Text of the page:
Sen. Klobuchar On Comey And Who Should Lead The FBI NPR's Scott Simon asks Democrat Sen. Amy Klobuchar of Minnesota about what Democrats want following President Trump's dismissal of FBI Director James Comey.
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Sen. Klobuchar On Comey And Who Should Lead The FBI

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Sen. Klobuchar On Comey And Who Should Lead The FBI

Sen. Klobuchar On Comey And Who Should Lead The FBI

Sen. Klobuchar On Comey And Who Should Lead The FBI

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  • <iframe src="https://www.npr.org/player/embed/528236631/528236632" width="100%" height="290" frameborder="0" scrolling="no" title="NPR embedded audio player">
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NPR's Scott Simon asks Democrat Sen. Amy Klobuchar of Minnesota about what Democrats want following President Trump's dismissal of FBI Director James Comey.

SCOTT SIMON, HOST:

President Trump has fired FBI Director James Comey. The why seems no clearer today than it was on Tuesday afternoon. We're going to begin this hour with Senator Amy Klobuchar, who's the senior senator from Minnesota. She is a Democrat. She joins us now on the line from Minnesota. Senator, thanks so much for being with us.

AMY KLOBUCHAR: Well, thank you, Scott. It's great to be on.

SIMON: Mr. Comey's declined to appear before the Senate intelligence committee, but The New York Times reports that he might be willing to testify, but he wants a public session. What's your feeling?

KLOBUCHAR: Well, I think a public session is a good idea. He could obviously do both. I actually went to law school with Jim Comey. We were in the same class, and he was respected by our classmates just like he was respected by the agents that he supervised. And I didn't like how he handled the Hillary Clinton investigation, but I don't think that was a reason to fire him. And I think, one, if anything, from the firing on, how it was handled - you know, the letter going out to Los Angeles in a complete surprise - it was unbelievable to me. And then you have - first, we're told it's based on that Justice Department letter. Then, we are told by the White House, no, he was thinking about doing earlier, and then the president himself bringing up Russia when he talks about how he's been thinking of firing him for a long time. So none of this stands up, and I think Jim Comey has information that we need to know because if we want a special prosecutor like I want to get to the bottom of this and we want the Senate intelligence committee to have the information it needs, we need to hear from Jim Comey, and the public needs to hear from Jim Comey.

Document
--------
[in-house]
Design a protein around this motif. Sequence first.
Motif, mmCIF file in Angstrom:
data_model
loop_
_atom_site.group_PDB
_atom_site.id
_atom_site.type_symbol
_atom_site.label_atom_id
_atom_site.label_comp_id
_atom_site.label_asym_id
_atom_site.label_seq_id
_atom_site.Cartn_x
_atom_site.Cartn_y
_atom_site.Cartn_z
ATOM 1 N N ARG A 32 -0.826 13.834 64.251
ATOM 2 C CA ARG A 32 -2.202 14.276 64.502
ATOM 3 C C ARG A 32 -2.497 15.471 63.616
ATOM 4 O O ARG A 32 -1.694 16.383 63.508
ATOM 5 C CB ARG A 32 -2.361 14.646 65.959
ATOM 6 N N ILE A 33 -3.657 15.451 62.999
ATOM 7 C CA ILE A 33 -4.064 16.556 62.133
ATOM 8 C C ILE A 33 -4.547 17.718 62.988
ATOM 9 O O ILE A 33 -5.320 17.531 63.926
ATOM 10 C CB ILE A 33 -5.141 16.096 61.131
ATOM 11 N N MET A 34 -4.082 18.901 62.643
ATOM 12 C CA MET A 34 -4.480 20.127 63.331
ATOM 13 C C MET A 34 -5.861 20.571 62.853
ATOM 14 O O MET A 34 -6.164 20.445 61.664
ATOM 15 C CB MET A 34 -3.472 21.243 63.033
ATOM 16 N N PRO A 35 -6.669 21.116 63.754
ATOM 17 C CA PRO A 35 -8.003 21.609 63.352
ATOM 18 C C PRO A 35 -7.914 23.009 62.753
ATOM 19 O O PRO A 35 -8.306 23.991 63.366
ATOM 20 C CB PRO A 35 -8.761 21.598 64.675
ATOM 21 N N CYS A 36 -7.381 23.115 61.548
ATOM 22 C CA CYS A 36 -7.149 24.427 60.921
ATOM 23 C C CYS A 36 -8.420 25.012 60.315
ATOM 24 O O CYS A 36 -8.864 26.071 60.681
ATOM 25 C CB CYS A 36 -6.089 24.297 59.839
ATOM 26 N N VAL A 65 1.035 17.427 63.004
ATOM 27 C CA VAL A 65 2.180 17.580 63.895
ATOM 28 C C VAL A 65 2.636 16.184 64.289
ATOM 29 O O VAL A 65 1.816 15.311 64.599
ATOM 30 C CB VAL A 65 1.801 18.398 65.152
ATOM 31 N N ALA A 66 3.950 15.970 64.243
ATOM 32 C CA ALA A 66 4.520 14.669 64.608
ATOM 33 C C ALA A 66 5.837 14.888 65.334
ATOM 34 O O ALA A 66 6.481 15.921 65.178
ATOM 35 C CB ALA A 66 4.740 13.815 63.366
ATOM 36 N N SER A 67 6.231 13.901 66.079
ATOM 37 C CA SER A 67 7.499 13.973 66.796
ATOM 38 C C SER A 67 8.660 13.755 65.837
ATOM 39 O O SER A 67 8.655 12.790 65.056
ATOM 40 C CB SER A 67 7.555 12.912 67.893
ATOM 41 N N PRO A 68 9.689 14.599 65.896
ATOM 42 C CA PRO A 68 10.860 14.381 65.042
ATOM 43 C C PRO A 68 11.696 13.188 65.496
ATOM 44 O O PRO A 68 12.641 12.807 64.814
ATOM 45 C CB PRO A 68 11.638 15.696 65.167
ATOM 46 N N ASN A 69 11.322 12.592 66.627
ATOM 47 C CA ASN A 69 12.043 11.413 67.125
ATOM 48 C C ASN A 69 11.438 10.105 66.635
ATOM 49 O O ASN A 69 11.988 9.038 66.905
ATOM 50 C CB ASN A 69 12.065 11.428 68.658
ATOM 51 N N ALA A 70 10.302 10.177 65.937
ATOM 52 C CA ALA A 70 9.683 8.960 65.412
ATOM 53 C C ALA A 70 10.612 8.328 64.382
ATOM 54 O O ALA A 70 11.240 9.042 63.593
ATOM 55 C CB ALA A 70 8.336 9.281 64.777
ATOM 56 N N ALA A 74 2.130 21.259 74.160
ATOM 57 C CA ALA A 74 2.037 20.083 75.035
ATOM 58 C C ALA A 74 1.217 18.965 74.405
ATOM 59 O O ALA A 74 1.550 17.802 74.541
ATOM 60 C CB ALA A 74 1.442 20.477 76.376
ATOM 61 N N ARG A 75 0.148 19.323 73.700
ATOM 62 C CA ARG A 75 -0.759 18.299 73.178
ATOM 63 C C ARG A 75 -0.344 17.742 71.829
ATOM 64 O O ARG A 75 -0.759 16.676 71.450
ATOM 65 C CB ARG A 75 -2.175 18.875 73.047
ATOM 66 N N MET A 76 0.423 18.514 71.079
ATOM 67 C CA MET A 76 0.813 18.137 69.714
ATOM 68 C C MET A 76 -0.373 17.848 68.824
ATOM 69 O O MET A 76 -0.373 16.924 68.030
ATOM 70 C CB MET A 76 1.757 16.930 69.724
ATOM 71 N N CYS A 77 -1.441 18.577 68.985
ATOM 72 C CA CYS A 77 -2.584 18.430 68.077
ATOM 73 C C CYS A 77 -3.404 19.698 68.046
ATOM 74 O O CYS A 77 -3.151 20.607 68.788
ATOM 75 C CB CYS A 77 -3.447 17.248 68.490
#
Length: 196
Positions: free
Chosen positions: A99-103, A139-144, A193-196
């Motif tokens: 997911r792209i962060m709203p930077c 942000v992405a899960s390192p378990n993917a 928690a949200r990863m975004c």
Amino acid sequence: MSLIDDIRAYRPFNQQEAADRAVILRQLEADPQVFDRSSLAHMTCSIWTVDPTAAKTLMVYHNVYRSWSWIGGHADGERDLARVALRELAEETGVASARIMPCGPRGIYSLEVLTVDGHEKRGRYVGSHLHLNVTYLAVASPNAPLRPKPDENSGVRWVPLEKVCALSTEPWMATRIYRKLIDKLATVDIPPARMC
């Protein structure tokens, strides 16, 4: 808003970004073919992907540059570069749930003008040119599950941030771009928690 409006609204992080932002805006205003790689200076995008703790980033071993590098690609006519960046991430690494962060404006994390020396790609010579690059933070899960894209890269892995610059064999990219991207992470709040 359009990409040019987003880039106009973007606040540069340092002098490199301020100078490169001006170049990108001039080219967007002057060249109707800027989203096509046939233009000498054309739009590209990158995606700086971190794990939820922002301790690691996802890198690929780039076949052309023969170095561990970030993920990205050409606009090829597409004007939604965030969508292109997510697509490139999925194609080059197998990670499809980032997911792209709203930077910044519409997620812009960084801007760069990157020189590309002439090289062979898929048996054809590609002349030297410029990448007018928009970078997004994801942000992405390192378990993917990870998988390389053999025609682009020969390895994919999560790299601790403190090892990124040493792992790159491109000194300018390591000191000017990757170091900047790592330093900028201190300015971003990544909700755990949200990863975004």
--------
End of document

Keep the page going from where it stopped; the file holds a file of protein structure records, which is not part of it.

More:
SIMON: Let me just understand, Senator, the president of the United States has the right to make a change with or without explanation, doesn't he or she?

KLOBUCHAR: Well, that is correct, but look at what's happened here. This is smack dab in the middle of a major investigation of the campaign ties - the Trump campaign's ties to Russia. You have the national security adviser, who was intimately involved in his campaign, having had to resign after lying to the vice president. You have the campaign chair having to step down because of his ties to Russia. You have the president of the United States having fired the acting attorney general, Sally Yates, fired 40 some U.S. attorneys, including Preet Bharara, someone in New York City who could well be in a position to investigate this, and now fired the FBI director. These are the extraordinary circumstances that when you see those words and grounds for appointing a special prosecutor, this is it.

SIMON: How do you explain, though, Senator, that a few weeks ago a lot of Democrats were vocal in their criticism of James Comey, Keystone Comey, questioned, as you noted, his handling of Hillary Clinton's email? And now, they're defending him as a pillar of integrity.

KLOBUCHAR: Well, first of all, people varied in their criticism. I was not someone that called on him to be fired at any time. And I think that you can criticize how someone handles an investigation without thinking they should be fired. That's number one. Number two, whatever you thought of Jim Comey, everyone now knows, according to his acting director now, who had been his deputy, Andrew McCabe, that this was not just a minor investigation. This was a major investigation and something that he was ramping up and that was well known. And so you have the fact here that the president, who should have had a line between him and law enforcement, got involved in this. You remember back when he stood in front of the CIA where all of the 117 stars...

SIMON: Yes.

KLOBUCHAR: ...Of the agents and - who had died in the line of duty and started talking about the size of the inaugural crowd. I'm former prosecutor. And for me, the integrity of the justice system is all about the fact that these men and women go to work every day to be there for our country. They have some of the hardest jobs. They don't get the recognition with the FBI or the CIA that a lot of people do, and yet, they can't be politicized. And that is what is happening here when you start interfering in the middle of an investigation by firing the person in charge of it.

SIMON: Senator Amy Klobuchar is a Democrat from Minnesota. Senator, thanks so much for joining us.

KLOBUCHAR: Thank you.

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